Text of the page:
TechWhirl (TECHWR-L) is a resource for technical writing and technical communications professionals of all experience levels and in all industries to share their experiences and acquire information.
For two decades, technical communicators have turned to TechWhirl to ask and answer questions about the always-changing world of technical communications, such as tools, skills, career paths, methodologies, and emerging industries. The TechWhirl Archives and magazine, created for, by and about technical writers, offer a wealth of knowledge to everyone with an interest in any aspect of technical communications.
Subject:Re: Validation From:rjl -at- BOSTECH -dot- COM Date:Thu, 18 Jan 1996 11:23:36 EST
Loryn Jenkins had the following question in response to my original
>How do you ensure that the Validator, who isn't an SME, is able
>to pick up on all the details that an SME should?
>rjl -at- bostech -dot- com wrote:
>> Crazy as it sounds, the ideal Validator is a technical communicator,
>> not an engineer. A tech communicator is able to look at the data with the
>> right amount of distance, is able to view the document in the larger scope
>> of all other documentation, and....well, I'm likely preaching the choir
>> when I address the idea to this group.
Good question. Presumably, the validator will have -some- background with
the subject matter, but it's quite possible (as was the case with me) that
the validator could be a new hire from outside with -no- experience or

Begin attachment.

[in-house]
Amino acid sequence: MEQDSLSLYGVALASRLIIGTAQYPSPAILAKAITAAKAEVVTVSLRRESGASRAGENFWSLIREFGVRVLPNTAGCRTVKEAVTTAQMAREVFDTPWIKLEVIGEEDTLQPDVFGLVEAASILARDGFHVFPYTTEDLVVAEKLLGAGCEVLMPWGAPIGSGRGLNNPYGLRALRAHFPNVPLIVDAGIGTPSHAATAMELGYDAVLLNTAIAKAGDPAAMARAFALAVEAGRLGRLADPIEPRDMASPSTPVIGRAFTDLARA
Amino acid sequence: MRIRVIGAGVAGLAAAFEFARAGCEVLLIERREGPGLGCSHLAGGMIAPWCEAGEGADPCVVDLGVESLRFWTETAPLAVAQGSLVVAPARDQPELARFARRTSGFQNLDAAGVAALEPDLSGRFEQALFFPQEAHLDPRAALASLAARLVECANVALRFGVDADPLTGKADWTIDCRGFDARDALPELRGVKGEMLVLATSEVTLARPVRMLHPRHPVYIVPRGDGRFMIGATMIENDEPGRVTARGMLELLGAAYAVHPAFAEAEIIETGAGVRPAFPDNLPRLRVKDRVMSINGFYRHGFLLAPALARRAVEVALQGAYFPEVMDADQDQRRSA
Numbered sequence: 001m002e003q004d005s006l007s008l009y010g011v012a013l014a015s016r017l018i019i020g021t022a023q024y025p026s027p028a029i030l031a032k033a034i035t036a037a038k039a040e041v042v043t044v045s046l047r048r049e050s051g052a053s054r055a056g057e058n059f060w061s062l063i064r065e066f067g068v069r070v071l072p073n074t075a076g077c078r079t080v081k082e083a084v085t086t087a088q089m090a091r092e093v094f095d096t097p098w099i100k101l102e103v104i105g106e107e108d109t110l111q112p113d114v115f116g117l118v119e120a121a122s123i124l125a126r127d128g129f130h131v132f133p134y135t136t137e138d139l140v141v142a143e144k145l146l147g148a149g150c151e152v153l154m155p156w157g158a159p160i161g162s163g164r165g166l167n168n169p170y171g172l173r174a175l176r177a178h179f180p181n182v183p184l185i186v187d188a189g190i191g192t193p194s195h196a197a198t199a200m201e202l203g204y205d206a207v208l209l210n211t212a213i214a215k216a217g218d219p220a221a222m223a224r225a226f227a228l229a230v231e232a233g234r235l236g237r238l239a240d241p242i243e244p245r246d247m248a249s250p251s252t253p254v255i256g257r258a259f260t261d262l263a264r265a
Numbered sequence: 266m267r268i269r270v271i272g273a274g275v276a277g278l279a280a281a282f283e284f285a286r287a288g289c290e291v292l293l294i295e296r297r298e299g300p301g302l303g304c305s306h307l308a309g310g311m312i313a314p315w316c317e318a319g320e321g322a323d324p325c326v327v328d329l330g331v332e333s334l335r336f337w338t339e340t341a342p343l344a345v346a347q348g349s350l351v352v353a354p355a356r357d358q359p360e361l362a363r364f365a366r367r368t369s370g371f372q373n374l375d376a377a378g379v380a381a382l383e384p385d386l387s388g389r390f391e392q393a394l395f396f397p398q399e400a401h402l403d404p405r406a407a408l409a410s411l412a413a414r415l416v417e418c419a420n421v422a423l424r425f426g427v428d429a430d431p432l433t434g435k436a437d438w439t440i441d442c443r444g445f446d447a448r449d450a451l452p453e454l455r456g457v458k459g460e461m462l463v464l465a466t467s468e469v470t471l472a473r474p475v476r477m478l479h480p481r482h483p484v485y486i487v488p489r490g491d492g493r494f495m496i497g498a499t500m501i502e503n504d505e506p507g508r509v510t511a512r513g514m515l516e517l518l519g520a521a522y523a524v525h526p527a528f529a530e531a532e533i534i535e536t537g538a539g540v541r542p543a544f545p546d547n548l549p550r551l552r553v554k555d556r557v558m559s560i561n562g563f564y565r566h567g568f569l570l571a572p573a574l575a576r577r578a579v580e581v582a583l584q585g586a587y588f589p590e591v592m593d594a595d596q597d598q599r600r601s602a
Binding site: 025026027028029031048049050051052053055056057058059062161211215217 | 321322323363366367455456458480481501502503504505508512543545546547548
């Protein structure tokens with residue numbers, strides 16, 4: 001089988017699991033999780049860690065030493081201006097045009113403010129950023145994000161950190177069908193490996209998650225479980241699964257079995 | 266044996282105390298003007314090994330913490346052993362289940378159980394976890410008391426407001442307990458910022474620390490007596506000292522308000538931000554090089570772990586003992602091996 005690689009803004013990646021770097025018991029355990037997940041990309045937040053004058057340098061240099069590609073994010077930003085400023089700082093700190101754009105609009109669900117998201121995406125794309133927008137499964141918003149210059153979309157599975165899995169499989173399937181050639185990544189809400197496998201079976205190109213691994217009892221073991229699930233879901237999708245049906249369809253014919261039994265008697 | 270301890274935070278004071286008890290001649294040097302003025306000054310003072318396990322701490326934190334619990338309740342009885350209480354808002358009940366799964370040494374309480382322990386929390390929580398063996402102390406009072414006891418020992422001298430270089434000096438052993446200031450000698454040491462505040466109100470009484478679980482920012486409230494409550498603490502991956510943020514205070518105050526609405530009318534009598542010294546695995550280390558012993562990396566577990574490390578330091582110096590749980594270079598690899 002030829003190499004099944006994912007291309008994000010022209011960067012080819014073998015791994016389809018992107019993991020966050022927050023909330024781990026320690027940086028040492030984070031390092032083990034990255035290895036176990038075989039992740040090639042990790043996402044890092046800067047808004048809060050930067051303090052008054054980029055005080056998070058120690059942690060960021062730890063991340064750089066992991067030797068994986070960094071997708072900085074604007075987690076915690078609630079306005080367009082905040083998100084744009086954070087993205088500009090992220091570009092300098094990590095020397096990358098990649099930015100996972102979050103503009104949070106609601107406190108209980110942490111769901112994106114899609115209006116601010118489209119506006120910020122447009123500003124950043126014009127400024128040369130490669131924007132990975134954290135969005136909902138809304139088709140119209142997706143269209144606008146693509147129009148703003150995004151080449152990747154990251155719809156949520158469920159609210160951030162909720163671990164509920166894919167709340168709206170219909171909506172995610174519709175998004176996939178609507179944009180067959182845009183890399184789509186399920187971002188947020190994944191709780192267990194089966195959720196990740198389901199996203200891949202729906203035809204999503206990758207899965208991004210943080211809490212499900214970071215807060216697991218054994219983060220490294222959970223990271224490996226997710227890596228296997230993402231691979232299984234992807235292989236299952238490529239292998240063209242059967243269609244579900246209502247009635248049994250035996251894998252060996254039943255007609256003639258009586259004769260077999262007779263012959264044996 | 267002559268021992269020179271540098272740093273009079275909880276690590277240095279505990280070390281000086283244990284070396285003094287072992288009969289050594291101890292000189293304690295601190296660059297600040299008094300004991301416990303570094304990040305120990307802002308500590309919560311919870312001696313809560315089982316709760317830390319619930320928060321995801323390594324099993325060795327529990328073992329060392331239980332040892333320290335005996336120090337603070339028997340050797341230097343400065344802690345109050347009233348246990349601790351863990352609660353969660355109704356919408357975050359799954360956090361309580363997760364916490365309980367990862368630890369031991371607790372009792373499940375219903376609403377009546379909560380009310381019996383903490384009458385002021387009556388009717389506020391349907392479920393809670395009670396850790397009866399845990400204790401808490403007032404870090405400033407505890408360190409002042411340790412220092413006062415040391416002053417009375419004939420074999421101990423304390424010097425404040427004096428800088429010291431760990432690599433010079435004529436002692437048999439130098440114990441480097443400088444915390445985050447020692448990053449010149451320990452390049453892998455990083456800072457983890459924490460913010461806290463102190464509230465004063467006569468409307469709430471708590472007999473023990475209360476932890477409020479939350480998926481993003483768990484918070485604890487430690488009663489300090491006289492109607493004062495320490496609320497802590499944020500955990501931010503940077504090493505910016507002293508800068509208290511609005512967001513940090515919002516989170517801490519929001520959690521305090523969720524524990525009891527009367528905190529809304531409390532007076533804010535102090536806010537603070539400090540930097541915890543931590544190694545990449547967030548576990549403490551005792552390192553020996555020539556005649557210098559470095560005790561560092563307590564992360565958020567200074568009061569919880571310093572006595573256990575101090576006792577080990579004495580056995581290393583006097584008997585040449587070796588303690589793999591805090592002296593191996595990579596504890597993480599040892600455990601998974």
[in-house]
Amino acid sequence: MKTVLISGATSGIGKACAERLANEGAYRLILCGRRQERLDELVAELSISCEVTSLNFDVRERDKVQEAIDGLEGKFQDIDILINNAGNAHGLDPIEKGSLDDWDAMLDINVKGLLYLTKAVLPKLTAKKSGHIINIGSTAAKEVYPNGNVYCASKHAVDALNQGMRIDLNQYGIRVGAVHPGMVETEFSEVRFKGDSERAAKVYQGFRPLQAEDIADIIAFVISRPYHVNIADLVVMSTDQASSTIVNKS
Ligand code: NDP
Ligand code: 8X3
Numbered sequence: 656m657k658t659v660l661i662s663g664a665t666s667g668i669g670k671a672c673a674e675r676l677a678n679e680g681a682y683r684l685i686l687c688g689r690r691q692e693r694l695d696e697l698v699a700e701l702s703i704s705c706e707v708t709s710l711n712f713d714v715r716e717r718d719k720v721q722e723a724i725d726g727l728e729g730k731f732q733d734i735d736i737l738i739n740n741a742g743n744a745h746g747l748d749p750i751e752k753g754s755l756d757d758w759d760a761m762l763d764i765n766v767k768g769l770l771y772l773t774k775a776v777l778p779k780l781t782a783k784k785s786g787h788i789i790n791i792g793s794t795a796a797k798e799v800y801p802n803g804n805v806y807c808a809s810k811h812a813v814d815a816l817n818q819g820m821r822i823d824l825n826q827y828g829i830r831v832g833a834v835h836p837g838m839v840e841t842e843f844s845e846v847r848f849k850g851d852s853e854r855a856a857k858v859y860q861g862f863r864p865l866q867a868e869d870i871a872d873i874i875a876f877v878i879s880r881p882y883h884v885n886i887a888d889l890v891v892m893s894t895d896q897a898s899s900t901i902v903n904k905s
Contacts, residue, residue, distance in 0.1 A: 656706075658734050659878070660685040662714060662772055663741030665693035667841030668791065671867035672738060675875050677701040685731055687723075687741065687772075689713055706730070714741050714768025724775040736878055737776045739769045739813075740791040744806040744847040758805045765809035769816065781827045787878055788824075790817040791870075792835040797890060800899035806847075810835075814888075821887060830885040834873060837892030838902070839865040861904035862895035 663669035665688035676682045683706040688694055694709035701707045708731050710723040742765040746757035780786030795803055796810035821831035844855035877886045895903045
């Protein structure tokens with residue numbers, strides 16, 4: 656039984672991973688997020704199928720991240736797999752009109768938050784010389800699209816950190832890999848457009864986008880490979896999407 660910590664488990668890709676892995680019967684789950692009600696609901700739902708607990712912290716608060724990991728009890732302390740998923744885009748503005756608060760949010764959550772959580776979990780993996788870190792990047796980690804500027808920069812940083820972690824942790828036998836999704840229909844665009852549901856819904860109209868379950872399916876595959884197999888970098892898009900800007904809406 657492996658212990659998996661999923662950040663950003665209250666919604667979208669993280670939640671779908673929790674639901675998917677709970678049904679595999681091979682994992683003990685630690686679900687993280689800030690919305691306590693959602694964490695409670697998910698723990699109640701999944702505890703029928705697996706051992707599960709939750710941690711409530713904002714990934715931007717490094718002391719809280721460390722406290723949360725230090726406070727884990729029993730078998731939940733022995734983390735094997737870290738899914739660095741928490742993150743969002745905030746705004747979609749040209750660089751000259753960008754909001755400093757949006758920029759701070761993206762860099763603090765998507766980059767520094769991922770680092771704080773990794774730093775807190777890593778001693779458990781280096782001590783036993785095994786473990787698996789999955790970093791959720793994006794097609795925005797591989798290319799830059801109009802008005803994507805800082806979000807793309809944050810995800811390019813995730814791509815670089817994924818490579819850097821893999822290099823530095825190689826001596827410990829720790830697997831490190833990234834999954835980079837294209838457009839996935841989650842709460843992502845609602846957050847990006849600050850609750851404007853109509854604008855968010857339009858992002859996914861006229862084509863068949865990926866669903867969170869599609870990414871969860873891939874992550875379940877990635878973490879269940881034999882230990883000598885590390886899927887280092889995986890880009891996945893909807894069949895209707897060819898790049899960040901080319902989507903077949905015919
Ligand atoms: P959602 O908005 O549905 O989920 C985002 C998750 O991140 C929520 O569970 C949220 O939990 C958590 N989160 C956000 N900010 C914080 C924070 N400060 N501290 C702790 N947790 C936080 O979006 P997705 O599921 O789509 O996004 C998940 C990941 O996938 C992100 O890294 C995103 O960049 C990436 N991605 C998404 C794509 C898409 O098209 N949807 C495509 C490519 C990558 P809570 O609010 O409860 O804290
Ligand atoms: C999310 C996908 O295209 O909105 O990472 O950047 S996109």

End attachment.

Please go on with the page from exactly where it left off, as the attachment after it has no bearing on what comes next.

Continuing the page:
The validator will find that the data falls into three basic groups:
1) "I can figure that out." The validator is able to run the procedure, or
compare the data to the specs, and determine if the manual is correct.
2) "I could figure that out if I knew the source data." This is solved with
a couple of quick contacts to the SME or even the writer, simply asking
"Where did you get this information?"
3) "I'm in over my head on this one." That's when the validator sets up
an appointment to sit down with the SME and ask specific questions. The
SME's may be more open to this approach, because instead of being hit with
the typical "Here's 200 pages of manuscript, please review" request, they
are getting "I've narrowed 200 pages of material down to five pages that
I don't understand, I'll need just a few minutes of your time." Engineers
learned that when I stopped by, I was usually in and out of their offices
in less than ten minutes.
Or, another way to look at it is that the validator has at least the same
capacity to understand as the original writer did. As writers, we may not
be "expert" but we -do- have enough smarts that we can decipher the
engineer's work and turn it into documentation.
I've seen one or two messages from folks who have said "We've used a similar
system, and it worked." Has there been anyone out there that has used
this method, only to find it bombed?
rjl -at- bostech -dot- com